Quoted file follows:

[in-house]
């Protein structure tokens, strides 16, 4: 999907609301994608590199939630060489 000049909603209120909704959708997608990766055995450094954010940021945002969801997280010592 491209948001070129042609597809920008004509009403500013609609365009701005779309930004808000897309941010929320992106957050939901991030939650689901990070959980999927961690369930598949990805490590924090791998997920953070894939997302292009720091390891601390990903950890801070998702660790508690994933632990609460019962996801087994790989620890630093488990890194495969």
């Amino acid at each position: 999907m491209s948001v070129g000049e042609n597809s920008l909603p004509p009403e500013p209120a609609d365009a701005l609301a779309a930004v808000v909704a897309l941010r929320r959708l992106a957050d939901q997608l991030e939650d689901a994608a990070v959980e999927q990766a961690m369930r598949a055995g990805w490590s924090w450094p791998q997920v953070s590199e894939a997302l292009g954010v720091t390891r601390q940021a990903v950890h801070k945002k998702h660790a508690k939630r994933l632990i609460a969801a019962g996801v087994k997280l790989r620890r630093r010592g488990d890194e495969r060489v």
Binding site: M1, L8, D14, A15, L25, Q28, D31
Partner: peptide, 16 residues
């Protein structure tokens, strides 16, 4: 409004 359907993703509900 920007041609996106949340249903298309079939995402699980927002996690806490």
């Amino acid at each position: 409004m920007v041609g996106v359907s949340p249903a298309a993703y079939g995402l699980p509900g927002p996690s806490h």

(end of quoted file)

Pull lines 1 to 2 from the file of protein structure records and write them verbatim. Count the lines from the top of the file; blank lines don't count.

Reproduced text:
[in-house]
């Protein structure tokens, strides 16, 4: 999907609301994608590199939630060489 000049909603209120909704959708997608990766055995450094954010940021945002969801997280010592 491209948001070129042609597809920008004509009403500013609609365009701005779309930004808000897309941010929320992106957050939901991030939650689901990070959980999927961690369930598949990805490590924090791998997920953070894939997302292009720091390891601390990903950890801070998702660790508690994933632990609460019962996801087994790989620890630093488990890194495969």